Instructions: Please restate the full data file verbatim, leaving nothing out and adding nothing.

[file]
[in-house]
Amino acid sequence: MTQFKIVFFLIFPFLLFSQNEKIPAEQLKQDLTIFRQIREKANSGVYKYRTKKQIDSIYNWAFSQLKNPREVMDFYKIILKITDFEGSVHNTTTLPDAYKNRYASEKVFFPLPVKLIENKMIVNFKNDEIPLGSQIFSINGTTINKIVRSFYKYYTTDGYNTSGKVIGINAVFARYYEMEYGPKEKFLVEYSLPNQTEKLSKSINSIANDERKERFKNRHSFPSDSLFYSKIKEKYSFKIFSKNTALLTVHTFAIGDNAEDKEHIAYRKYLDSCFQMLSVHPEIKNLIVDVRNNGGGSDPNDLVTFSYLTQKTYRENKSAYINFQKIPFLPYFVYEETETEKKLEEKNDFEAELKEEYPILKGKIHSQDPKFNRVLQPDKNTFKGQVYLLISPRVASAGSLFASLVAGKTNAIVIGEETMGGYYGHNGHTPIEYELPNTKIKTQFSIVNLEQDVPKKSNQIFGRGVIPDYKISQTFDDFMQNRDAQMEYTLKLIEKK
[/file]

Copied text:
[in-house]
Amino acid sequence: MTQFKIVFFLIFPFLLFSQNEKIPAEQLKQDLTIFRQIREKANSGVYKYRTKKQIDSIYNWAFSQLKNPREVMDFYKIILKITDFEGSVHNTTTLPDAYKNRYASEKVFFPLPVKLIENKMIVNFKNDEIPLGSQIFSINGTTINKIVRSFYKYYTTDGYNTSGKVIGINAVFARYYEMEYGPKEKFLVEYSLPNQTEKLSKSINSIANDERKERFKNRHSFPSDSLFYSKIKEKYSFKIFSKNTALLTVHTFAIGDNAEDKEHIAYRKYLDSCFQMLSVHPEIKNLIVDVRNNGGGSDPNDLVTFSYLTQKTYRENKSAYINFQKIPFLPYFVYEETETEKKLEEKNDFEAELKEEYPILKGKIHSQDPKFNRVLQPDKNTFKGQVYLLISPRVASAGSLFASLVAGKTNAIVIGEETMGGYYGHNGHTPIEYELPNTKIKTQFSIVNLEQDVPKKSNQIFGRGVIPDYKISQTFDDFMQNRDAQMEYTLKLIEKK